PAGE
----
The acting is typically without complaint, but the acting honours here go to Peter Dinklage, who has never disappointed as Tyrion, and a chillingly repellent Jack Gleeson.

Visually, "The Lion and the Rose" looks amazing. The scenery is throughout spectacular, the sets are hugely atmospheric and beautiful on the eyes with a real meticulous eye for detail and the costumes suit the characters to a tee. The make-up is beautifully done. The visual effects are some of the best of any television programme and are not overused or abused, the scale, the detail and how they actually have character and soul are better than those in a lot of the big-budget blockbusters. As well the cinematography and editing, which are cinematic quality as well.

One cannot talk about "The Lion and the Rose" without mentioning the thematically, orchestrally and atmospherically multi-layered music scoring and the unforgettable main theme. Again, worthy of a high-budget fantasy/action/drama film.

It is hard not to be bowled over by the quality of the writing, outstanding isn't a strong enough adjective to describe how good the writing is once again. It always has a natural flow, is layered and thought-provoking and demonstrates a wide range of emotions such as suspenseful tension, poignant pathos and witty humour. The story is paced beautifully, structured with such nuance and attention to coherence, a high emotional level and is done with intelligence, passion and sensitivity.

All in all, a brilliant episode and a 'Game of Thrones' high point. 10/10 Bethany Cox
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A wedding for a king
Tweekums12 January 2016
Warning: Spoilers
As this episode opens we catch up with characters who didn't feature in the season opener; it is clear that Theon is a broken man as we see Ramsay Snow treating him more like a pet than a person. We soon learn that his father is far from happy with what was done to Theon as he intended to ransom Theon but no one will pay for him now. Melisandre is sacrificing more people so that the Lord of Light may help Stannis. North of the wall Bran is using his worg powers more and has a vision about where he must go after touching a Weirwood tree.

Back in the capital Tyrion helps his brother Jaime by arranging for him to spar with Bronn so he can learn to fight left handed. Tyrion also arranges for Shae to leave the city; he is doing it because he knows that she is in imminent danger but to make her willing to leave he must make her think he no longer cares for her.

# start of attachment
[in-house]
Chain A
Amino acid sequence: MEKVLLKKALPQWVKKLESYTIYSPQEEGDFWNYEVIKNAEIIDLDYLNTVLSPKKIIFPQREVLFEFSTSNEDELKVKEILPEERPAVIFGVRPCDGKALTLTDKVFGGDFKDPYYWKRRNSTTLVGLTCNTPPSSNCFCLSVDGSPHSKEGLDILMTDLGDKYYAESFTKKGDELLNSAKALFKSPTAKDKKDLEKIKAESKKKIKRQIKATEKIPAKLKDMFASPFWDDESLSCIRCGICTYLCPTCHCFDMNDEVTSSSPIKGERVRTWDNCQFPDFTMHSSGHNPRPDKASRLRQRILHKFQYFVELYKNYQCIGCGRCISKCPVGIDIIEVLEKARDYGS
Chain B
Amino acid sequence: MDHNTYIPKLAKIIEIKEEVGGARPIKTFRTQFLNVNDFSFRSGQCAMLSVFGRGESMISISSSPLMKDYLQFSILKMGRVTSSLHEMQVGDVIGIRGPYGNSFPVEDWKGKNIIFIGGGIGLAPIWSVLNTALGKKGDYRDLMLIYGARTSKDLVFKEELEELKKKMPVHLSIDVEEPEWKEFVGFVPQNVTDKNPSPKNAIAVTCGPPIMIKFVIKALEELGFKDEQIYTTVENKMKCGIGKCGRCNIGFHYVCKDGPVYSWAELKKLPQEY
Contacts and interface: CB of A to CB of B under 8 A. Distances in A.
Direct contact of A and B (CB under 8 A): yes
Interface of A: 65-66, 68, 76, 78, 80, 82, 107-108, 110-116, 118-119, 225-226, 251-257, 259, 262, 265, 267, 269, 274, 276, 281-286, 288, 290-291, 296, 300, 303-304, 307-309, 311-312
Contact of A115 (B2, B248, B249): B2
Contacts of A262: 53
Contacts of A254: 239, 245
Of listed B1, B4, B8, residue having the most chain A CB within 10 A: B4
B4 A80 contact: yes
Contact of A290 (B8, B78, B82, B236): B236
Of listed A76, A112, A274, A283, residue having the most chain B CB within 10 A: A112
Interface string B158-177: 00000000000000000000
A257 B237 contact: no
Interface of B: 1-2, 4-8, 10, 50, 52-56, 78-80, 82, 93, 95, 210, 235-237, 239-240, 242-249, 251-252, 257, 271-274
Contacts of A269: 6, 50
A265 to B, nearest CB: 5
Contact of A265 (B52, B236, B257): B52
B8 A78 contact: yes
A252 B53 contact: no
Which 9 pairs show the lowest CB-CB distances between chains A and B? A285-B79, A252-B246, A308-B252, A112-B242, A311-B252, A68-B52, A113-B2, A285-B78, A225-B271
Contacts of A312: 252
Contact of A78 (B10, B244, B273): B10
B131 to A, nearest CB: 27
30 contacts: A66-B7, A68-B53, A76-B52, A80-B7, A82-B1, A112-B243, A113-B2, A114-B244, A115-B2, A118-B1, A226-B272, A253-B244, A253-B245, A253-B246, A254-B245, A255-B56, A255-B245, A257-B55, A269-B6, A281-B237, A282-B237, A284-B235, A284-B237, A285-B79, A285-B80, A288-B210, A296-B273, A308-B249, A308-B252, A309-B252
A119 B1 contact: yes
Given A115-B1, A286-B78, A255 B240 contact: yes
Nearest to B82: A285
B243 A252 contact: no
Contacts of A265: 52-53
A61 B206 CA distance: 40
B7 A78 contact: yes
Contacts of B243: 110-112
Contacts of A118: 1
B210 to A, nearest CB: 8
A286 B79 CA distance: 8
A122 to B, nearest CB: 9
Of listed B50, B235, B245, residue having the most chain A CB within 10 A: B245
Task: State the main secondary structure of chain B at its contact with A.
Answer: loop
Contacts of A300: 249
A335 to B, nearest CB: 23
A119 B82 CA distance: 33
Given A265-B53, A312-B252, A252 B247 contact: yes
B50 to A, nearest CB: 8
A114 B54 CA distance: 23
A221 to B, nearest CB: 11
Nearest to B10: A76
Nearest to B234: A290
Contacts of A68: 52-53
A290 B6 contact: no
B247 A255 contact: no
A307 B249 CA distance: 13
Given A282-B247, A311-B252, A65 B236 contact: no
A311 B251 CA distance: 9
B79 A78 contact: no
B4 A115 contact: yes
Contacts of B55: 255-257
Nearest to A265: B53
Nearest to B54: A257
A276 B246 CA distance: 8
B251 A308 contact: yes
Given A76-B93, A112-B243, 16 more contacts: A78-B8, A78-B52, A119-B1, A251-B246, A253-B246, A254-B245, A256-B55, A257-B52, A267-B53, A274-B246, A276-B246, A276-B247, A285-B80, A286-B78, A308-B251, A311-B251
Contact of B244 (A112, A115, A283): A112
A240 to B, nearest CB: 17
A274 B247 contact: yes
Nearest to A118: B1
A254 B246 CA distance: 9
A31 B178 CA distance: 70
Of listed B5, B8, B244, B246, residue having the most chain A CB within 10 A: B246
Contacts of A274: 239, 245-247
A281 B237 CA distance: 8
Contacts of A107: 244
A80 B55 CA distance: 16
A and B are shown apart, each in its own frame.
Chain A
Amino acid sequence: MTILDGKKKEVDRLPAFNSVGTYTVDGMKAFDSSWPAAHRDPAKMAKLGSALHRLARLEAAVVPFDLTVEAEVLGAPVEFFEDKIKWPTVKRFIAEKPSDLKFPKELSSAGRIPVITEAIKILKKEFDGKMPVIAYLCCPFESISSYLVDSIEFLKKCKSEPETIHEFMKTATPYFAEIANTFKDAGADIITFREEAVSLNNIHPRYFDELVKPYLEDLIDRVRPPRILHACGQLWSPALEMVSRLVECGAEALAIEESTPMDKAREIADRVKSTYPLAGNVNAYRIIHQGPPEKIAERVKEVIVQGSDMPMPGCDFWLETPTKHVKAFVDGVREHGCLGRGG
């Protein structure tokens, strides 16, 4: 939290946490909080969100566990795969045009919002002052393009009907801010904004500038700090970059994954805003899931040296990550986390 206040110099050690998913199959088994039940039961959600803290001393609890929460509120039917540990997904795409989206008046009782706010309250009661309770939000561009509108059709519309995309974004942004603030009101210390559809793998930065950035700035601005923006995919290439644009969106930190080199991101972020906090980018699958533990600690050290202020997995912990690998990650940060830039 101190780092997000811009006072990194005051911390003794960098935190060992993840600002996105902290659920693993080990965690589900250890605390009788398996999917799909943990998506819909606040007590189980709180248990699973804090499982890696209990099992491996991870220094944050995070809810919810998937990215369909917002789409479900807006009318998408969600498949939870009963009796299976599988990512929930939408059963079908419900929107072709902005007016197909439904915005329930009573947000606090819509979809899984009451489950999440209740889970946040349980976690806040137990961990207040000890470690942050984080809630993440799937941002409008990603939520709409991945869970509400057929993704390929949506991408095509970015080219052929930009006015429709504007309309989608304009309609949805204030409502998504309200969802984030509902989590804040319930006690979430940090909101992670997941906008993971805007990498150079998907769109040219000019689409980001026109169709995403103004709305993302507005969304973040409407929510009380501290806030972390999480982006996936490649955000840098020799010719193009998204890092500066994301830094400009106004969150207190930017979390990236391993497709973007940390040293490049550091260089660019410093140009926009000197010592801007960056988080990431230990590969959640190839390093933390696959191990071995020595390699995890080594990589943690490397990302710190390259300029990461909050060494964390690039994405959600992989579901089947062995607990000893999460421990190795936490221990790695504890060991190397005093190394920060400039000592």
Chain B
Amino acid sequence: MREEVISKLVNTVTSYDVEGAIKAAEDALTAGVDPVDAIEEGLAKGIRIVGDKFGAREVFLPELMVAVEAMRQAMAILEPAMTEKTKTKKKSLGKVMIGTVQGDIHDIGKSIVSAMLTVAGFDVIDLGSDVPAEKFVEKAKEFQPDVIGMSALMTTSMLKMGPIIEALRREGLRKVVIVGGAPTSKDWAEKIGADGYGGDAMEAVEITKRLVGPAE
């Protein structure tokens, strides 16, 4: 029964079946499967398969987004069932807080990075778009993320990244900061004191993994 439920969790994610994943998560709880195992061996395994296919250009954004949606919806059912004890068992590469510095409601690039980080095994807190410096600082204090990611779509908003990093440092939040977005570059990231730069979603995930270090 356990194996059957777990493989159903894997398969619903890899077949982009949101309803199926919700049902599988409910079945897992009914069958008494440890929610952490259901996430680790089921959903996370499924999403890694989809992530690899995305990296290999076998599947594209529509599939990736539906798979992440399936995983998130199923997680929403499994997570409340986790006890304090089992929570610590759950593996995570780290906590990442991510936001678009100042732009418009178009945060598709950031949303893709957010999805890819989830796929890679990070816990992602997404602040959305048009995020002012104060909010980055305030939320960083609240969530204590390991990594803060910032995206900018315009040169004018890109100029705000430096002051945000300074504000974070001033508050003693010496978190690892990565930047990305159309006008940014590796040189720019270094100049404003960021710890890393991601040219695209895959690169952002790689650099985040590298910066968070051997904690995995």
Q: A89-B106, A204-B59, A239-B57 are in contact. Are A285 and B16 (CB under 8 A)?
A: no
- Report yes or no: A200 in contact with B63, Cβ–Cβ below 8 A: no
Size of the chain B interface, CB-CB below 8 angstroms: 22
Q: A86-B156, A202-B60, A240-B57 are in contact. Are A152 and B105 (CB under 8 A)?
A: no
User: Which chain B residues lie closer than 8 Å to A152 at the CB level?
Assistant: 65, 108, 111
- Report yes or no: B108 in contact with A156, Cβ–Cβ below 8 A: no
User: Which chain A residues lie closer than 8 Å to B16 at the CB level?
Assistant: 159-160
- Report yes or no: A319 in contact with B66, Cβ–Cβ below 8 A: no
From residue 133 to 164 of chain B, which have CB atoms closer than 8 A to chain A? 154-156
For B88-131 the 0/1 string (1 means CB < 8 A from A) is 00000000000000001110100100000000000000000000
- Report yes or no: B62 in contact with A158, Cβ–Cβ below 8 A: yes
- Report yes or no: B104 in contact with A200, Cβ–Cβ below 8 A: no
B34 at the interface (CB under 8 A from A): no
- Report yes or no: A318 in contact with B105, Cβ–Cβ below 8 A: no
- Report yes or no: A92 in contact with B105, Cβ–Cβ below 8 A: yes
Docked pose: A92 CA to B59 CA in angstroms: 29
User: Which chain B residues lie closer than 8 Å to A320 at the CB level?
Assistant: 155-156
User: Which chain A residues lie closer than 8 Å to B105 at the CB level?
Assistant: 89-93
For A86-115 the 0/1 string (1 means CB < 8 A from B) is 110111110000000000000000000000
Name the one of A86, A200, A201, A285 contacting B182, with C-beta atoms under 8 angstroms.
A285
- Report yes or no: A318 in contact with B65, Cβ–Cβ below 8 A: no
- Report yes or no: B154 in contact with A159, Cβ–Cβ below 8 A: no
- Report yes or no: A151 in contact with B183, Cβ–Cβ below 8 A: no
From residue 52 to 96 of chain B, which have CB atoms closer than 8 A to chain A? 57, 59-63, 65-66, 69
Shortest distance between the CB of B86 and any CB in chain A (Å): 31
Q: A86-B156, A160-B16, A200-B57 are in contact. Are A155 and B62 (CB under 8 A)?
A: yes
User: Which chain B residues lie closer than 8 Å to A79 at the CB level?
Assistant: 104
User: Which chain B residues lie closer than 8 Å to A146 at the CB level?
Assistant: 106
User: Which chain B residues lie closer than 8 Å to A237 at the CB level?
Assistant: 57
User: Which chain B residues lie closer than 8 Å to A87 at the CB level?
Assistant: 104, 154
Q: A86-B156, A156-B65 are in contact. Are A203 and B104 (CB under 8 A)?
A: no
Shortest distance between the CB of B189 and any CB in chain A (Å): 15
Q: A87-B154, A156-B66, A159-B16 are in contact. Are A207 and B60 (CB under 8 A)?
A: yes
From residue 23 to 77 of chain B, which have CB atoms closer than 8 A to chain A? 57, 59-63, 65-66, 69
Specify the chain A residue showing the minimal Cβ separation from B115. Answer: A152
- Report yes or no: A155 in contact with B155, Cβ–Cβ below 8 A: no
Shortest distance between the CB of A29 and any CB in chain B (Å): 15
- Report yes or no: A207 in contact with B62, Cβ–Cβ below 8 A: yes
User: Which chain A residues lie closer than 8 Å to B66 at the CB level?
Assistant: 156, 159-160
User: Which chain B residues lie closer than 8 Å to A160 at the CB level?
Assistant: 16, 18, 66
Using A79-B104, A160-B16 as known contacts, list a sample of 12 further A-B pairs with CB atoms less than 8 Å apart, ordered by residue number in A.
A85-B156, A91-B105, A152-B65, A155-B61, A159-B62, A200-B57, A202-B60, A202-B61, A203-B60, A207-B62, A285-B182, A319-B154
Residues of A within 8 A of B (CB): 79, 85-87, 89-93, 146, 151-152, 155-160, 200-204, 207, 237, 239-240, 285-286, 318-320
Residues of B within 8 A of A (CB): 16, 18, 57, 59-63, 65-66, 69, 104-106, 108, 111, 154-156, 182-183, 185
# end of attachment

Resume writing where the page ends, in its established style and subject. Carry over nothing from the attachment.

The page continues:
Most of the episode is given over to the wedding of King Joffrey and Margaery Tyrell. Once the ceremony is over the post wedding celebrations begin as does the unpleasantness. Joffrey continually mocks his uncle Tyrion; chopping up his gift with his new sword; having a play featuring a troupe of dwarfs perform a 'recreation' of the war and finally forcing Tyrion to act as his cupbearer… all the while we see the other guests looking on with disgust at Joffrey's actions. All this leads up to the moment Joffrey starts choking, turns a shade of purple then dies in his mother's arms.

This was a great episode; the early stuff was interesting and nicely reminded us of what various characters were up to… however all that is overshadowed by the events at the wedding. Jack Gleeson fine performance as the odious King Joffrey made him one of TVs great villains… and as much as it was great to see him finally get his comeuppance his character will be missed. The method of his death means we now have a mystery; who administered the poison? Cersei accuses her brother Tyrion but there are plenty more people with greater reason to want him dead and Tyrion couldn't have known that he'd be forced to act as Joffrey's cupbearer. The lead up to his death was distinctly uncomfortable as most of the other guests are shocked by Joffrey's behaviour. We also see his mother's pettiness as she orders the leftovers from the feast be given to the dogs… moments after the new queen has announced that they will be given to the poor of the city. Overall a top quality episode that almost rivals 'The Rains of Castamere'.